Composers behind this summer's blockbusters

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John Debney
Blockbuster resume: "Cutthroat Island," "Spy Kids," "The Scorpion King," "Sin City"
In 2010: "Iron Man 2"

"In my first couple of meetings with Jon (Favreau) he did mention that he thought this score could be a little more conventional, a little darker and more gothic because of the bad guy, Ivan (Mickey Rourke). There's guitar but you won't hear a lot of rock and roll rhythm section -- you'll hear hints of that but it will be couched in the orchestra so that there'll be more interplay between those two things."

 
Ramin Djawadi
Blockbuster resume: "Iron Man"
In 2010: "Clash of the Titans"

"I'm using elements like ethnic flutes and other things that are common in these kinds of films but I also intentionally avoided some instruments that I think are becoming overused and looked at using some instruments that you don't hear as much like the dulcimer, which made it more ancient-sounding. I got the call pretty late on 'Clash' so I couldn't start early and try out things and rework them. The schedule was much tighter. Our director, Louis Leterrier, was looking for something in a rock direction but not with guitar. He liked the cello a lot so we decided to do something like that except with celli. The trailers are a little misleading because they make it look much more like it's all a rock thing. This one is much more orchestral, maybe not traditional-sounding, but it's more of a modern flavor than pure rock and roll."

 
Harry Gregson-Williams
Blockbuster resume: "X-Men Origins: Wolverine," "Man on Fire," "Kingdom of Heaven"
In 2010: "Prince of Persia: The Sands of Time"

"There's an influence of Persia in the thematic writing but harmonically I've been myself really. The thing started life as a video game -- it's not based on history at all or any truth at all -- so we made our own truth up and our own environment, which is a little bit more liberating than what I did on 'Kingdom of Heaven.' With 'Prince of Persia' I've gone out and run my music through the hands of various musicians that have great Middle Eastern tendencies or hailed from Persia and shaken that up to see what came out."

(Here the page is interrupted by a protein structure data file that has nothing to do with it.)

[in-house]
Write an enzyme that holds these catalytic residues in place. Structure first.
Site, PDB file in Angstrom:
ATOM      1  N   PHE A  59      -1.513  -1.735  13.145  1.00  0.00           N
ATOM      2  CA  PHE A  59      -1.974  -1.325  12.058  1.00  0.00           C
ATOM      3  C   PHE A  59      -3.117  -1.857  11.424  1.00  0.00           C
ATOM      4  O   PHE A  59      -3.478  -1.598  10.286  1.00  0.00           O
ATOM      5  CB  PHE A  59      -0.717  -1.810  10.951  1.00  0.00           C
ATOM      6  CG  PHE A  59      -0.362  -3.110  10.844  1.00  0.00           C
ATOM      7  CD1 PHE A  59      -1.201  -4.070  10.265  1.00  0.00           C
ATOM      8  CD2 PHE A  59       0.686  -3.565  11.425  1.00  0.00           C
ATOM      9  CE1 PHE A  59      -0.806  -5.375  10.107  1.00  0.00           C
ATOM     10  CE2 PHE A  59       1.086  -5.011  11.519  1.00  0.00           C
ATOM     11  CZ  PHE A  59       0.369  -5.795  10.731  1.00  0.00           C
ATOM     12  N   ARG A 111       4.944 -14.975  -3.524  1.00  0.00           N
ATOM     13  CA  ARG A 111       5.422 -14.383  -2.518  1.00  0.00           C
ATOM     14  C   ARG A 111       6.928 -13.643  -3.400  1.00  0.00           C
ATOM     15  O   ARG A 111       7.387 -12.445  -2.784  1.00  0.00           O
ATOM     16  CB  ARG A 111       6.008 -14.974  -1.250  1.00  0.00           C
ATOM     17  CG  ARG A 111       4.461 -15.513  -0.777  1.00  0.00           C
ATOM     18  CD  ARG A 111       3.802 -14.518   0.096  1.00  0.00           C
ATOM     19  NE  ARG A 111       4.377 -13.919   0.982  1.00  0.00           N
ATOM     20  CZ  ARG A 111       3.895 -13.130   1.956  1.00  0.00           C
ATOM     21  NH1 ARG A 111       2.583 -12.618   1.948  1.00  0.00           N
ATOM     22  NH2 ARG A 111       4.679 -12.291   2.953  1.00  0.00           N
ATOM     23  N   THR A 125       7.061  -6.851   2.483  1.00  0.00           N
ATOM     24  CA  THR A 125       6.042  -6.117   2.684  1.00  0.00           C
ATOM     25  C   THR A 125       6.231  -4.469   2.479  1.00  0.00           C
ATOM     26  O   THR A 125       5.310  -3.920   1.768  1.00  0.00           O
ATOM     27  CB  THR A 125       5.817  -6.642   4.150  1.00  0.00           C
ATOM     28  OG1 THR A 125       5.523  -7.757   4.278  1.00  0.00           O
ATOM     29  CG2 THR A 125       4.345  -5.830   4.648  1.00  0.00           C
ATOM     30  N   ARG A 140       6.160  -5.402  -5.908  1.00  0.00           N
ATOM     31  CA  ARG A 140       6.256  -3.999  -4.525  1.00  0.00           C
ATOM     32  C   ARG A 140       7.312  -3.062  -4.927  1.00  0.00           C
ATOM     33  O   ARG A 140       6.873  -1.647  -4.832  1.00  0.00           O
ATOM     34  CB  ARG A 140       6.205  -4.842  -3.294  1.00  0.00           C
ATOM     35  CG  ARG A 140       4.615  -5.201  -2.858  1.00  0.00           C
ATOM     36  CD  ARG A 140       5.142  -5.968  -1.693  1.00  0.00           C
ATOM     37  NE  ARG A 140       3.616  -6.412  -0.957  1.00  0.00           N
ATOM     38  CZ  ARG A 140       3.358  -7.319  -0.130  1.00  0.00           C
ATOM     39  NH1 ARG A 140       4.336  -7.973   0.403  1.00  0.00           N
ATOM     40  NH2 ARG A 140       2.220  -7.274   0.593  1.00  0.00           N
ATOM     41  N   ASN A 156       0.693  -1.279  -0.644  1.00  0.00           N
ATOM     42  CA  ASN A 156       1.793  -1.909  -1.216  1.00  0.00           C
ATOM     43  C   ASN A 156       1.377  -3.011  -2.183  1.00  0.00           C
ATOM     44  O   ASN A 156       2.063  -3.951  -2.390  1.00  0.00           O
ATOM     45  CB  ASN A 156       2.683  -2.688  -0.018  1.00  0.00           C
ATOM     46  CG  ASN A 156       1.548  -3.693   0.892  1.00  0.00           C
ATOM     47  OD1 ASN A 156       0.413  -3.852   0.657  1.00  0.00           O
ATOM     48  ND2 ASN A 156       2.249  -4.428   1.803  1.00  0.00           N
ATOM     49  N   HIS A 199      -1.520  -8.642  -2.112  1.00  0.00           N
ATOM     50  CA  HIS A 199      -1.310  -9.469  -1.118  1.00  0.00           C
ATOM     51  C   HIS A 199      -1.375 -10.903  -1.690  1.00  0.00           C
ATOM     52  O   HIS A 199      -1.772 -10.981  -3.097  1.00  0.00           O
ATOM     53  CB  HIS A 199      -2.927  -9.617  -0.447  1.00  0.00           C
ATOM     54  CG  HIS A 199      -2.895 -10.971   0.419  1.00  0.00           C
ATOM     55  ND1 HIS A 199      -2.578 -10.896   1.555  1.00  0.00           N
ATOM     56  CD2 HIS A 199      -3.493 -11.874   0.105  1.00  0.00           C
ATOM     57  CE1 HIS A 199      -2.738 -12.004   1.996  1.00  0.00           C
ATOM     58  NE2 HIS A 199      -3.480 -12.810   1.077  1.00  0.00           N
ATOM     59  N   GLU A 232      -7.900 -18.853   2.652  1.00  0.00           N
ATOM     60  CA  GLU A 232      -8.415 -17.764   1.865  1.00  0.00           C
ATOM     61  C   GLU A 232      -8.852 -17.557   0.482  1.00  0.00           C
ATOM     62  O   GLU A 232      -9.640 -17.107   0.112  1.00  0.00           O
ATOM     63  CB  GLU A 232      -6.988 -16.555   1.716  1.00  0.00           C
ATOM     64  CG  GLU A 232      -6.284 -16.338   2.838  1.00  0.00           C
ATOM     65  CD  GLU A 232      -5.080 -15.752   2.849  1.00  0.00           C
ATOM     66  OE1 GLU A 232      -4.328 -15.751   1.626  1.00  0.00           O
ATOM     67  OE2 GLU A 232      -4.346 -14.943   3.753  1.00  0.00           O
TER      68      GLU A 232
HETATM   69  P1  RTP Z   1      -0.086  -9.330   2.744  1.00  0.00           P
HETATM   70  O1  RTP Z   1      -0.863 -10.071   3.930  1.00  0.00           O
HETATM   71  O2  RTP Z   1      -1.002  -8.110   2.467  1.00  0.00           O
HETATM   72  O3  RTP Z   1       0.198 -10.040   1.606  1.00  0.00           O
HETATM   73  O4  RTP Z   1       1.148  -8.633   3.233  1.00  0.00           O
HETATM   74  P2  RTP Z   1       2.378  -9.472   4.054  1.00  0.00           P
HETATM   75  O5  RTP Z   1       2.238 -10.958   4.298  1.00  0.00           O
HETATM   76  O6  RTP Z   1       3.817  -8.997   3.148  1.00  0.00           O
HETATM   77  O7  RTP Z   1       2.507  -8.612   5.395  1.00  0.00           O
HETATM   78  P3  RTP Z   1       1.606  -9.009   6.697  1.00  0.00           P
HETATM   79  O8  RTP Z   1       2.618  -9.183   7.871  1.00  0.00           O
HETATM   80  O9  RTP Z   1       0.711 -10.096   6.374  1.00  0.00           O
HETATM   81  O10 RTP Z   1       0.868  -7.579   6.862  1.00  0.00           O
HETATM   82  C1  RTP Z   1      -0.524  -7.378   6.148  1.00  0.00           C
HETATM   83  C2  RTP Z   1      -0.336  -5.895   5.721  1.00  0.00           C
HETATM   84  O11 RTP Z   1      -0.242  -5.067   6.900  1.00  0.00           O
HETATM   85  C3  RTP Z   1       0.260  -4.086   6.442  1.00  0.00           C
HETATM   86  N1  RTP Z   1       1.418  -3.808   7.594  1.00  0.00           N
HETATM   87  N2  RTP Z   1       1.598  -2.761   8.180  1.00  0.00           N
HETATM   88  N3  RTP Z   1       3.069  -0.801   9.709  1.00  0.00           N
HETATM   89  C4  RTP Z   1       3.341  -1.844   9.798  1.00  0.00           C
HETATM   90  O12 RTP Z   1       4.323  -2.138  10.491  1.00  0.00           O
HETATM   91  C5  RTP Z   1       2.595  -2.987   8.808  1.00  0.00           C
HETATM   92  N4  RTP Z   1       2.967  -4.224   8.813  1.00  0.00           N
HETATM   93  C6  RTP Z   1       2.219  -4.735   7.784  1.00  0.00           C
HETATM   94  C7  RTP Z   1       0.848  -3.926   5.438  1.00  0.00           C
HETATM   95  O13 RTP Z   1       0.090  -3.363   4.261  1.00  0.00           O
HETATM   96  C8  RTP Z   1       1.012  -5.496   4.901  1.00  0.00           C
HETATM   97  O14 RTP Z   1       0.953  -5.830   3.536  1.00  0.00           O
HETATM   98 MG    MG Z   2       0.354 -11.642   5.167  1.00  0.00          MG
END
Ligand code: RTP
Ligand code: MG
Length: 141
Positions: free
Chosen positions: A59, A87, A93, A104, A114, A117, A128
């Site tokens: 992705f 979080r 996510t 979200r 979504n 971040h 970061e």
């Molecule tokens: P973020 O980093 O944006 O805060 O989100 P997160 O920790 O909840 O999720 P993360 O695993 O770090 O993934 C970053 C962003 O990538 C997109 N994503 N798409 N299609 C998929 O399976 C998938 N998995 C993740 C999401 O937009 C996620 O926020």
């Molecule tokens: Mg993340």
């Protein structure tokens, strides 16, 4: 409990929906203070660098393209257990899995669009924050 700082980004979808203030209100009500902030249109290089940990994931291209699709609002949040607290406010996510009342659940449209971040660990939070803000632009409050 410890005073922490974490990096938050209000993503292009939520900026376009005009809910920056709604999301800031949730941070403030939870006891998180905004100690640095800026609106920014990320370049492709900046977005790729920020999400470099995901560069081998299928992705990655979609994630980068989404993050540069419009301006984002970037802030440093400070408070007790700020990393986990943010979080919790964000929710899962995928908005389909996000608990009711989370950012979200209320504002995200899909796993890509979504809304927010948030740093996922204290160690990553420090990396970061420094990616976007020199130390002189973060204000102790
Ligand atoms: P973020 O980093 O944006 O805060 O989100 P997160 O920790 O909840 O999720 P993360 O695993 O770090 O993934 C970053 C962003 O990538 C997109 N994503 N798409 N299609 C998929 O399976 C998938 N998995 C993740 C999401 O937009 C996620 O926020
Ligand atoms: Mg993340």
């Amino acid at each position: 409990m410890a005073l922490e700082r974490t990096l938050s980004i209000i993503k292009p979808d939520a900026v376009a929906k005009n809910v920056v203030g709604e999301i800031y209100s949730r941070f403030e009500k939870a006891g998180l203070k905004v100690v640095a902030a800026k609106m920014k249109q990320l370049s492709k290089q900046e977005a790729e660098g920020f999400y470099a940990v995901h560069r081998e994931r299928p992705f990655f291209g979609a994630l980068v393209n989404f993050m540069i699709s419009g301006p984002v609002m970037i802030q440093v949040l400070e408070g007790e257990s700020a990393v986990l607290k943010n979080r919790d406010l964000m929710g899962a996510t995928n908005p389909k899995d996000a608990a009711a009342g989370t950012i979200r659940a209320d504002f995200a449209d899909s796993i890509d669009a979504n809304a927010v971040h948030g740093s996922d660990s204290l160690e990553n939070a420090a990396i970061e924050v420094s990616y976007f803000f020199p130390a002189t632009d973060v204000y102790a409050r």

Marc Streitenfeld
Blockbuster resume: "American Gangster,"
"Body of Lies"
In 2010: "Robin Hood"

"Style: It's an orchestral score with a 90-piece orchestra but I would say there are also more intimate elements where I used an orchestral bag or a large choir, and places where I went with more of a solo approach with maybe a fiddler or something. There's a little bit of a Celtic influence just because of the setting. I'm quite familiar with 12th century music -- the movie is set in the 12th century -- and it's not comprised of 12th century music by any means but I didn't want it to feel completely foreign to that era. So those are two influences in the score. But there are some surprises in there, too."

 
Brian Tyler
Blockbuster resume: "Constantine," "Eagle Eye," "Fast and
Furious"
In 2010: "The Expendables"

"On 'Expendables' I'm recording strings in two ways: I have the body, the more warm and round strings recorded as a full section, and the action strings are recorded smaller. It's counterintuitive but what happens is on the action strings you hear the grit and rosin of the bow and you hear more attack, and all you do is turn up your preamps and then you raise them in the mix, and you get this really resonant, in-your-face texture. It's more exciting to me than the kind of 300-piece string sound where it sounds like mush to me. It's a dueling string section approach."
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